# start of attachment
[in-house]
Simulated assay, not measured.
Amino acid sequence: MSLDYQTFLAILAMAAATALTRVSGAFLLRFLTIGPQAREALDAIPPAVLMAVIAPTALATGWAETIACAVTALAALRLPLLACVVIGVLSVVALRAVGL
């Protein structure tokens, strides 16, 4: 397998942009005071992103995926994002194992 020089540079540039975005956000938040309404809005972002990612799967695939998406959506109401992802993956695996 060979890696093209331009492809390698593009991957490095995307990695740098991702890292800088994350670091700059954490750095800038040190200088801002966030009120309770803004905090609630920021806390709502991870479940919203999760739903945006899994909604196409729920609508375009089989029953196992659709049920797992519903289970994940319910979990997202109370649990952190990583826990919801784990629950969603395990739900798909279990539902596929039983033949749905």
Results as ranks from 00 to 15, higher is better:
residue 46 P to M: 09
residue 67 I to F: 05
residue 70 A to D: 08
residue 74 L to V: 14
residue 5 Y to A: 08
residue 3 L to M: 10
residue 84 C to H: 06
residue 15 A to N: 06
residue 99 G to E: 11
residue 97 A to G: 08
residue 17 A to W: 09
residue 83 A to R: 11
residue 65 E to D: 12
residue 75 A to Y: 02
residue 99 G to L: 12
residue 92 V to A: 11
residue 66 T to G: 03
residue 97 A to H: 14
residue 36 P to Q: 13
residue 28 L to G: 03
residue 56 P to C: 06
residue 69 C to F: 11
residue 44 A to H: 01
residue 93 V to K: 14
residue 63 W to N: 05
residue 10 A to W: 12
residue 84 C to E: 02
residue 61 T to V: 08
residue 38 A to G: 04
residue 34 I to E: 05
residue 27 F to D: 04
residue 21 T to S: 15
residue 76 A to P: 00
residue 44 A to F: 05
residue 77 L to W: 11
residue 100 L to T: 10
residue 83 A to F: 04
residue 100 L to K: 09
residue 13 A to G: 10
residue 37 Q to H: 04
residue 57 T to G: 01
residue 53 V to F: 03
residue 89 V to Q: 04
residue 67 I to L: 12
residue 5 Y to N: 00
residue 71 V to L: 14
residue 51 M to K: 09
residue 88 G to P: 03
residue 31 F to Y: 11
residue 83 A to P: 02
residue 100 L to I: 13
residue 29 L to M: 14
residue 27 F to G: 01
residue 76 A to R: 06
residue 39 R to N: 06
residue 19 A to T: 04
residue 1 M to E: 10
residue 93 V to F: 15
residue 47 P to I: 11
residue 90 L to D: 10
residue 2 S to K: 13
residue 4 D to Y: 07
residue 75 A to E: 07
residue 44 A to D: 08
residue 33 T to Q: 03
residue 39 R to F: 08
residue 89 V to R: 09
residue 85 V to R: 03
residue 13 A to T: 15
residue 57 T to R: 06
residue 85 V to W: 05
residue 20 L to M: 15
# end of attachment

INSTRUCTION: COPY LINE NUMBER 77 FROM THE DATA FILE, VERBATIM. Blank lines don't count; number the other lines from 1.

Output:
residue 20 L to M: 15